Africa’s paradise islands are perfect for honeymooners, but be sure to explore beyond the resorts…
Zanzibar sits in the Indian Ocean, and its pristine white beaches, lined with palm trees and secluded ocean-side resorts, make it the ideal spot for honeymooners, many who come here to relax after a mainland safari. There are 46 islands in the archipelago and the main island is Unguja. Our resort, Baraza, was on the east side of the island, a collection of white villas set along paths lined with colourful red, purple and pink bougainvillea and opening out onto Bwejuu Paje beach.
One of Zanzibar’s most striking features is the colour of the water, a brilliant turquoise blue, so myself and my travel companions booked a snorkelling trip to explore beneath the surface. A short drive brought us to a place that looked close to my idea of paradise. A simple white stone path led out from the white sand, across the rock pools and coral reef. At the end of the path, a traditional wooden Zanzibar dhow was anchored, surrounded by blue-green water and patches of coral reef.
After a short boat trip, we anchored in Mswakini Lagoon and set off snorkelling, led to the edge of the coral by Hassan our guide, accompanied by a shoal of stripy zebra fish swimming alongside. We spotted bright orange clownfish and black and yellow angel fish with their long top and bottom fins. With more than 400 species of fish recorded here, diving is also popular.
Back at the resort, we had a private lunch on the beach, a romantic set-up under a wooden pergola with flower-lined posts and a roof of palm leaves. As we admired the sea view and a line of surf breaking on the distant reef, we tucked into fresh seafood and chilled wine and watched couples pass by on foot or by kayak, before the warm water of the incoming tide came lapping around our feet and we moved, giggling, up the sand for dessert and coffee.
There’s plenty to do in Zanzibar. A visit to Stone Town with its mix of European, Persian, Arabian and Indian history, will take you down a maze of alleys and to the buzzing Darajani Market, or history buffs can visit the old Slave Market. One evening we sipped cocktails on the terrace of The Africa House Hotel (africahousehotel.com), admiring the dhows sailing past at sunset.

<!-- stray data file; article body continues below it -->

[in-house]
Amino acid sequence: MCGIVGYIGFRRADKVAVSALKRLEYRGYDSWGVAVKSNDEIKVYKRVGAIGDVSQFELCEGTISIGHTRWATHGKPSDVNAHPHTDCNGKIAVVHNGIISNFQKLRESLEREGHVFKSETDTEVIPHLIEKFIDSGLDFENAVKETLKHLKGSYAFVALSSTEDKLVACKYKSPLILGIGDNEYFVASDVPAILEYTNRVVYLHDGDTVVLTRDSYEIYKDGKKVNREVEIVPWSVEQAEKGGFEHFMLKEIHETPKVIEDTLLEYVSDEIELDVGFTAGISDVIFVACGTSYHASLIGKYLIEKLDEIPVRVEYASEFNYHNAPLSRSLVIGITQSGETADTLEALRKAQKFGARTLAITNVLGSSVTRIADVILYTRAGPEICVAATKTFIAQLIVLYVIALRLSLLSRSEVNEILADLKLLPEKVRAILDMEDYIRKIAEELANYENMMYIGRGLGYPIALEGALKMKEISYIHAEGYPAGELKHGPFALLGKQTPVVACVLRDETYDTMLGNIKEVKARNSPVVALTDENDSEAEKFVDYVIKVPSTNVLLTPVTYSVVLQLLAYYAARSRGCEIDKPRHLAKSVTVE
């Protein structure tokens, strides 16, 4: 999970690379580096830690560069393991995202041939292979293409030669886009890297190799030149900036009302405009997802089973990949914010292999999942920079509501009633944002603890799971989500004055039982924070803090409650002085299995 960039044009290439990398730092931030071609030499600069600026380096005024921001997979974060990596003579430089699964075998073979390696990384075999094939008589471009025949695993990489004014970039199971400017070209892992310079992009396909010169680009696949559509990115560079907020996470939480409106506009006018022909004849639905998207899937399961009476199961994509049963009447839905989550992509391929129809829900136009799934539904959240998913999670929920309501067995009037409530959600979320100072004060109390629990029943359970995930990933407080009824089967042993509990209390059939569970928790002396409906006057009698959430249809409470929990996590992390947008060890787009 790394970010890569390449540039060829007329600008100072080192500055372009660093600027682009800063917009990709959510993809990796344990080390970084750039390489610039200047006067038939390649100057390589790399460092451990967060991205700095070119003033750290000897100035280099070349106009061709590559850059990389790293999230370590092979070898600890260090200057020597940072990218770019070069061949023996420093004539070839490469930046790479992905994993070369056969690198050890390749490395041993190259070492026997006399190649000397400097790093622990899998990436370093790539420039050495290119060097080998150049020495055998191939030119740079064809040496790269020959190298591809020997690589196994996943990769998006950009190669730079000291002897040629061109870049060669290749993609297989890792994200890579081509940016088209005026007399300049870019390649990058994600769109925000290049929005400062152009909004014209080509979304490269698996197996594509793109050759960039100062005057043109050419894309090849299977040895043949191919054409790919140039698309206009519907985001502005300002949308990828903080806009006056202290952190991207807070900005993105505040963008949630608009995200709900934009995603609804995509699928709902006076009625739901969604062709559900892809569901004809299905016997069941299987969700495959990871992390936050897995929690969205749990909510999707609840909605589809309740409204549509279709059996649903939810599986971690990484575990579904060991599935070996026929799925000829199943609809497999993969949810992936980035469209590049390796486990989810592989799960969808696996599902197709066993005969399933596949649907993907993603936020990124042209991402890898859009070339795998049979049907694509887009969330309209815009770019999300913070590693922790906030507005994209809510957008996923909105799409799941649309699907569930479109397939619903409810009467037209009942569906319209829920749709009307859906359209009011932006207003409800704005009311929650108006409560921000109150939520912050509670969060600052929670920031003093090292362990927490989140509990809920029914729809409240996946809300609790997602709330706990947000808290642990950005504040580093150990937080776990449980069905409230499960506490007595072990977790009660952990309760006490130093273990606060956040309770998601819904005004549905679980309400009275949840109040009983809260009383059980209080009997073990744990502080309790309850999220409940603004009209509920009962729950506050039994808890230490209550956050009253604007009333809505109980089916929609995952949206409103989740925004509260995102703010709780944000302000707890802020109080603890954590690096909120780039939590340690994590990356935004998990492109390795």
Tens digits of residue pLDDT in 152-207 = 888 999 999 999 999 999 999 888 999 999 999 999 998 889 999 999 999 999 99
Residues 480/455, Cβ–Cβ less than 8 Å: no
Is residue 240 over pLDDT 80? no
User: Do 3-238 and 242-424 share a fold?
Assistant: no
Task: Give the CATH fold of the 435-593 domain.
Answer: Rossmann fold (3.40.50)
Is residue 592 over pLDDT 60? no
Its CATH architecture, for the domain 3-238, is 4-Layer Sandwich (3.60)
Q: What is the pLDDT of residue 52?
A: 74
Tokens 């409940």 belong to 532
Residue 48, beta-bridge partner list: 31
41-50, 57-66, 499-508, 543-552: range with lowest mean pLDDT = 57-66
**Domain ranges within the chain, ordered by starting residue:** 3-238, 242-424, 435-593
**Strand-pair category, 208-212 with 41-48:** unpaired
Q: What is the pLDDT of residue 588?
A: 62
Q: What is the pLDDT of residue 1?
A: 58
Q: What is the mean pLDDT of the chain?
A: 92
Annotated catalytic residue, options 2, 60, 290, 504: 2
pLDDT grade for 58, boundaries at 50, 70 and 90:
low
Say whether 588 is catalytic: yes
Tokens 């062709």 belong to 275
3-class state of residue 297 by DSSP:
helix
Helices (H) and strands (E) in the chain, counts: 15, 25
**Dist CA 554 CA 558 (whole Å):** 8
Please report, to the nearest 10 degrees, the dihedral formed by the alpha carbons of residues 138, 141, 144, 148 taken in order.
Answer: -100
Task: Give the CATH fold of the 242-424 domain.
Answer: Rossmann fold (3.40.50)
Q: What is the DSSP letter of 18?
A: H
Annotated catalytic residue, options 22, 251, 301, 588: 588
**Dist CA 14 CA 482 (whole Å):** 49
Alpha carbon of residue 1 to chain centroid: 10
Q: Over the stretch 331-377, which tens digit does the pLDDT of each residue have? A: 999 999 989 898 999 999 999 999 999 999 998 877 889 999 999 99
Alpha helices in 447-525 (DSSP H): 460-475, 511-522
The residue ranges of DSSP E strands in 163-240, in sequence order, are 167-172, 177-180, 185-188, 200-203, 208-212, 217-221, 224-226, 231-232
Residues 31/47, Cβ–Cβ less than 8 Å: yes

Zanzibar was once the world’s leading producer of spices, and another highlight was our visit to a spice farm to smell and taste spices like cinnamon, ginger, nutmeg, lemongrass and vanilla – seeing them grow and learning different uses from food flavour and colour to medicine. We also toured the village of Bwejuu.
One of the best things to do, though, is just relax and enjoy the setting. Baraza Resort & Spa is connected to its two neighbours, The Palms and Breezes Beach Club & Spa (all part of The Zanzibar Collection; see right) where you can dine, swim or just kick back and relax. For couples, private experiences include private dining in a beachfront restaurant or the Sultan’s Bath at the spa, a double massage followed by a bath in a mosaic-tiled pool. Even yoga classes can be private.
Before leaving, my last experience of Zanzibar was walking on the beach. The tide was coming in and I watched a little crab burying itself in a rock pool, a last flash of orange to round off all the bright colours of the island, from colourful clothing, flowers, plants and wildlife to the mesmerising blue-green of the sea.
Read more on Zanzibar here .